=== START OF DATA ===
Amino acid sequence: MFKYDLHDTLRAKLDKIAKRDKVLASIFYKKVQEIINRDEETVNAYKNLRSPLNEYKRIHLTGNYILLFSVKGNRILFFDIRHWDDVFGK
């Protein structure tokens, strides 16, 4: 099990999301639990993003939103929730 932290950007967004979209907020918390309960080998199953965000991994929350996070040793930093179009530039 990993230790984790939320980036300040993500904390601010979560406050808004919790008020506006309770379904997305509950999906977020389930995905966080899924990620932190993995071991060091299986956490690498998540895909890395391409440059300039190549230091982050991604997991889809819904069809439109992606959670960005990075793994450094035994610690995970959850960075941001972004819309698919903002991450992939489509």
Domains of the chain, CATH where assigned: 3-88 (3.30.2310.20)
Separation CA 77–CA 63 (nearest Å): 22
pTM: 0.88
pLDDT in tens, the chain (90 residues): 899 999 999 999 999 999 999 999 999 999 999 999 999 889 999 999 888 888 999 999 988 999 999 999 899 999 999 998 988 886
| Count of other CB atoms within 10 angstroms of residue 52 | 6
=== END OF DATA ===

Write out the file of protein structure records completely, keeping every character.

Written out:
Amino acid sequence: MFKYDLHDTLRAKLDKIAKRDKVLASIFYKKVQEIINRDEETVNAYKNLRSPLNEYKRIHLTGNYILLFSVKGNRILFFDIRHWDDVFGK
């Protein structure tokens, strides 16, 4: 099990999301639990993003939103929730 932290950007967004979209907020918390309960080998199953965000991994929350996070040793930093179009530039 990993230790984790939320980036300040993500904390601010979560406050808004919790008020506006309770379904997305509950999906977020389930995905966080899924990620932190993995071991060091299986956490690498998540895909890395391409440059300039190549230091982050991604997991889809819904069809439109992606959670960005990075793994450094035994610690995970959850960075941001972004819309698919903002991450992939489509």
Domains of the chain, CATH where assigned: 3-88 (3.30.2310.20)
Separation CA 77–CA 63 (nearest Å): 22
pTM: 0.88
pLDDT in tens, the chain (90 residues): 899 999 999 999 999 999 999 999 999 999 999 999 999 889 999 999 888 888 999 999 988 999 999 999 899 999 999 998 988 886
| Count of other CB atoms within 10 angstroms of residue 52 | 6